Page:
It’s highly possible that you’re a poor debater. Don’t sweat it as I was too until I changed my strategy.
This article is a featured community post from our subreddit
If you’re like me you enjoy a good debate then it’s actually worth taking a moment to take a hard look at yourself and how you actually debate with others. I’ll just dive right into a car metaphor to make a point here – Please consider this entire write-up as your moment to give yourself a maintenance check and fix any faults you may discover. (Along with some potential upgrades) It’ll be tough to look at yourself objectively – but if you’re to grow as a person and improve your communication skills then this is essential dude.
Human bias has a tendency to make it seem like you’re Julius fucking Caesar during heated debates from time to time when you’re more than likely comparable to Wayne Rooney during a post-game press conference.
My eureka moment of discovering I sucked at debating was at the start of this year at a friend’s house party. I got into a heated debate with a girl (Subject not important) while my buddy decided it was a good idea to film on his phone a few minutes of our word battle before he lost interest. Fast forward to the end of the night during the taxi drive home:
Wanna see the footage of your argument tonight dude?
Oh yeah! of course I did. My buddy showed me the 2 minutes of a cringe worthy performance which stuck with me as I tried to sleep that night. So what did I discover?
- I have an ego – Yeah, at a certain point of the debate it was clear that my ego was pushing for total victory and in no case was I looking to reach the truth or understand why she thought the way she did.
- I speak very quickly – There is something about the pace of the debate which favours a controlled projection. When speaking quickly, it’s easy to muddle words and it can come across to others that you’re losing your cool.
- I interrupt frequently – It was clear at certain times during the debate when I knew she was wrong and I would continuously interrupt her – like a man possessed I couldn’t wait to crush her! (Figuratively of course) This done nothing but create frustration and damage my respect to observers.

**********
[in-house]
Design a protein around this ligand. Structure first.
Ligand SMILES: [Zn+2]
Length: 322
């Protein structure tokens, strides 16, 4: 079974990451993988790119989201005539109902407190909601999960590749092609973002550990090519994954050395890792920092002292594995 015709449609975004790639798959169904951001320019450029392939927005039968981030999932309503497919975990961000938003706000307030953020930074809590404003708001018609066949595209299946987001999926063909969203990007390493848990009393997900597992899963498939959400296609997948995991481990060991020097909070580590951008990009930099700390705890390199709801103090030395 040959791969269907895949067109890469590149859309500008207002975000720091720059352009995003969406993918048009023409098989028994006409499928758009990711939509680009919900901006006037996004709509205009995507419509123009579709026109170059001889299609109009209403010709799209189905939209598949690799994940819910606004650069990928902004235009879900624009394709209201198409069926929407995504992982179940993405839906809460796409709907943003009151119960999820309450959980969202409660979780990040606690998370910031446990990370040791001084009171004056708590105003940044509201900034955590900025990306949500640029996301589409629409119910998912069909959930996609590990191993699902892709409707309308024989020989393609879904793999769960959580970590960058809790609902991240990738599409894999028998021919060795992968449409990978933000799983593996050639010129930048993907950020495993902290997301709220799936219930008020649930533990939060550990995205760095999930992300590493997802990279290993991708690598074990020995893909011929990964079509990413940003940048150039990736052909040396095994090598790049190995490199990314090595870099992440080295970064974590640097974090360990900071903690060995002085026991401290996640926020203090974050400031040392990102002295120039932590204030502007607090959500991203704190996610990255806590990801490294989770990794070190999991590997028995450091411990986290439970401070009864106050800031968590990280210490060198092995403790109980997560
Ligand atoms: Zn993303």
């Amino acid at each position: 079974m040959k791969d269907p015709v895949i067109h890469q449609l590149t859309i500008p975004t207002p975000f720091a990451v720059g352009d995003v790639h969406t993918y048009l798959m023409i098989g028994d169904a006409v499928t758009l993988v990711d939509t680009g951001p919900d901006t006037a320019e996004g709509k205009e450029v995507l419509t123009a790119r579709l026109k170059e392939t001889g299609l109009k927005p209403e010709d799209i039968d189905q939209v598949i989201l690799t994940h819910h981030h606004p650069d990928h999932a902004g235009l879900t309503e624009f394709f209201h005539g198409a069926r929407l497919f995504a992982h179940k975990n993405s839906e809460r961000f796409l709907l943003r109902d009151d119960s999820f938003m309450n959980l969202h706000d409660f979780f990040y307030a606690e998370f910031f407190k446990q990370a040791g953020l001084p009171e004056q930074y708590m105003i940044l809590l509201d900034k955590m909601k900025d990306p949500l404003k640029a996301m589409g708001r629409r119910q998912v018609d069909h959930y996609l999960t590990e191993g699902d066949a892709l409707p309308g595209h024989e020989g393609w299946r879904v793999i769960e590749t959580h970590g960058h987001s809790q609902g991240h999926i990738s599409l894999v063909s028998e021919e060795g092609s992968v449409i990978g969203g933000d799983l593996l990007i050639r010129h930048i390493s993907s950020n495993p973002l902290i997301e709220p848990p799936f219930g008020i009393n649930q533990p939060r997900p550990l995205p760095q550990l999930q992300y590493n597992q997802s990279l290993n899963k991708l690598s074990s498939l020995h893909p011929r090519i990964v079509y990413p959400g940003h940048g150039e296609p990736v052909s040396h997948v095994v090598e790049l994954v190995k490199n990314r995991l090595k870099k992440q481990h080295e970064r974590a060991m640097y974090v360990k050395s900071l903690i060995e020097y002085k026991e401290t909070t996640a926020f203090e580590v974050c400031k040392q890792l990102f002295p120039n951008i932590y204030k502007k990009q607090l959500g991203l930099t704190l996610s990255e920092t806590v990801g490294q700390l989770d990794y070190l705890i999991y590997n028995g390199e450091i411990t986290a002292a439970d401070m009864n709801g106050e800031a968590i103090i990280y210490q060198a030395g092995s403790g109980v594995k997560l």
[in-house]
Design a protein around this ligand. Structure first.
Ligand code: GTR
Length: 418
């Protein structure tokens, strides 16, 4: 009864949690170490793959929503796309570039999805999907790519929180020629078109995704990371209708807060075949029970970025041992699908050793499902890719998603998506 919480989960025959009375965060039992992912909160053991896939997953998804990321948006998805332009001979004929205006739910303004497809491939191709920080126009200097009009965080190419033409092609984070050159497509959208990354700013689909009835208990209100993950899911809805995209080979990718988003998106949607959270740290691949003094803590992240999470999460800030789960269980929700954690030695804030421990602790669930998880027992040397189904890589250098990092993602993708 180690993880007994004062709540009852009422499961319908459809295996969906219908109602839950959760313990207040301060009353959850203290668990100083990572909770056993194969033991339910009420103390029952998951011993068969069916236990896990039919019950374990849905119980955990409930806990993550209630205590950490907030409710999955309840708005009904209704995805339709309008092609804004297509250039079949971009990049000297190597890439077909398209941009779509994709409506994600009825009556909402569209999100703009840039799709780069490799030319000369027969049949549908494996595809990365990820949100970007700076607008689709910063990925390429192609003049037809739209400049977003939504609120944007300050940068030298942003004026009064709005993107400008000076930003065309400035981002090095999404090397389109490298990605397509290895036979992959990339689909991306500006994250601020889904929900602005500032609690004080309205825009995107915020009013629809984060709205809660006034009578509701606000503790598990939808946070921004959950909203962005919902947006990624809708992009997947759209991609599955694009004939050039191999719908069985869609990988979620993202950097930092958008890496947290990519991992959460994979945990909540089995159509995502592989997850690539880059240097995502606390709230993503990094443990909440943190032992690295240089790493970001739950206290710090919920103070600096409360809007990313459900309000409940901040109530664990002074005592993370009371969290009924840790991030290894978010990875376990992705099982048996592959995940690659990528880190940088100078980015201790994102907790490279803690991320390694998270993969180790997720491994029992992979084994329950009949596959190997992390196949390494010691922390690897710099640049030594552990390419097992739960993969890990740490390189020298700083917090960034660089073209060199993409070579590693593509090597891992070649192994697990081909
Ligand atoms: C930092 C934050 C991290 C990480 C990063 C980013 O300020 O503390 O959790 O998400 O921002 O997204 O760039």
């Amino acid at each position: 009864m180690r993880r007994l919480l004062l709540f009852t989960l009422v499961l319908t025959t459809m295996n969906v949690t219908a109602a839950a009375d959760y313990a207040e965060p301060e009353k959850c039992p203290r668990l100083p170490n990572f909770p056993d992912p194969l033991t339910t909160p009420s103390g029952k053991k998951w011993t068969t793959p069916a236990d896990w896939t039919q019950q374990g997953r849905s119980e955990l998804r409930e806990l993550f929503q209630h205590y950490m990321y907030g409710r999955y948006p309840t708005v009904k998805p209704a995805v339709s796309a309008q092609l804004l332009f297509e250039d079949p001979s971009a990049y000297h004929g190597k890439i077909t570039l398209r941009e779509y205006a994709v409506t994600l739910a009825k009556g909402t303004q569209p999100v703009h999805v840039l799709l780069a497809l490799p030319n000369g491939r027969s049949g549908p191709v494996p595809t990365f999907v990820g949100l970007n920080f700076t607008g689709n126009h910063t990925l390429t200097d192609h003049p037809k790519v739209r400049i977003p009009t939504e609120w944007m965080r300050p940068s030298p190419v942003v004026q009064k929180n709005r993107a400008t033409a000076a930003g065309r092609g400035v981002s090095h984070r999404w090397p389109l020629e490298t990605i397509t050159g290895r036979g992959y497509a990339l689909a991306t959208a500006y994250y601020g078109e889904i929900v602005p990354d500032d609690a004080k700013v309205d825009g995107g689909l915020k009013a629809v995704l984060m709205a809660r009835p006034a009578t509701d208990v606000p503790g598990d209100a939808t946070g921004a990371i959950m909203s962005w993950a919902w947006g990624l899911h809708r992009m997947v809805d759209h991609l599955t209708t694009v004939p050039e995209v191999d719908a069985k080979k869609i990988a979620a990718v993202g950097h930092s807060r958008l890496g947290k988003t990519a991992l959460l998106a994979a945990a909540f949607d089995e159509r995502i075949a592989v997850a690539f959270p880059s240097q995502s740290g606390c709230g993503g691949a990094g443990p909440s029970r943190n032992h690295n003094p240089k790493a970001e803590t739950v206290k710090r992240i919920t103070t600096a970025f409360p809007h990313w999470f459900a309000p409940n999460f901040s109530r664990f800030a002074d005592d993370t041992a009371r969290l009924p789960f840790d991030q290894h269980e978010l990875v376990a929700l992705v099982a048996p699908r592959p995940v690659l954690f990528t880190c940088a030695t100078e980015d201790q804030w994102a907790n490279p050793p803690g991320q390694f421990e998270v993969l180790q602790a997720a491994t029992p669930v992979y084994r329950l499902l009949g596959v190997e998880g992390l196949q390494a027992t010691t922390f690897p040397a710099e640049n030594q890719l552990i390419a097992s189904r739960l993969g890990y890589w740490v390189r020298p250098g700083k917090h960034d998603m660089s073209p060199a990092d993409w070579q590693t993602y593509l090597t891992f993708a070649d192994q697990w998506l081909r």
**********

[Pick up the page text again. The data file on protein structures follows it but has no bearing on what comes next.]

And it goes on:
Ironically it was my ego that couldn’t accept that I sucked at this – so I immediatly got to work to look for a fix. (I guess the ego works for some things right?)
This TED talk was the first video I came across online and oh boy, did it change everything. Easily my best TED talk ever! Simply because it kicked my ass and told me what I needed to hear.
- Step 1: watch the TED talk above (9min)
- Step 2: Redefine the perimeters of winning – If you watched the video above, then you know what this means. Accept that the end goal of the debate is truth – your fellow debater is an ally who can help you get to this location.
Who actually wins in an argument? In a conventional debate:
The loser = Gains a new perspective and moves forward stronger
The winner = No change (Ego gets a tap on the back)
- Step 3: Pace adjustment – With my ego eliminated from the equation, I immediatly noticed my conversational pace maintained a gentle flow throughout the discussions that followed. Who would have guessed? When you’re not fighting for bragging rights, your speech tends to slow down a notch.
- Step 4: Dance the Dance – Now when I’m debating with the aforementioned changes in effect, it feels that I’m flowing through debates in a smug-like fashion as I’m untouchable. I dance through the debate happy to embrace defeat if it takes me to the truth. I hurl praise at my opponents as they make smart comments to their utter surprise – but at a moments notice I swing the opposite way and call them out for inaccuracies. A dance is how I describe it – debates are no longer tense for me, and this calmness now renders most of my opponents into a frustration.
I look back at that recent moment during the party with a smug sense of satisfaction. I’ve self-diagnosed my shitty debate style and turned myself into a good debater in a very short period of time. This is a skill that follows us throughout life and directly effects our relationships and our ability to communicate with others. An interesting bi-product of my new approach however is the clarity in which I can now see others struggling as they debate with me. They’re people of the old way – fighting to achieve victory at all costs. So, put down your sword and join me in the ranks of intelligent debaters. Hoorah!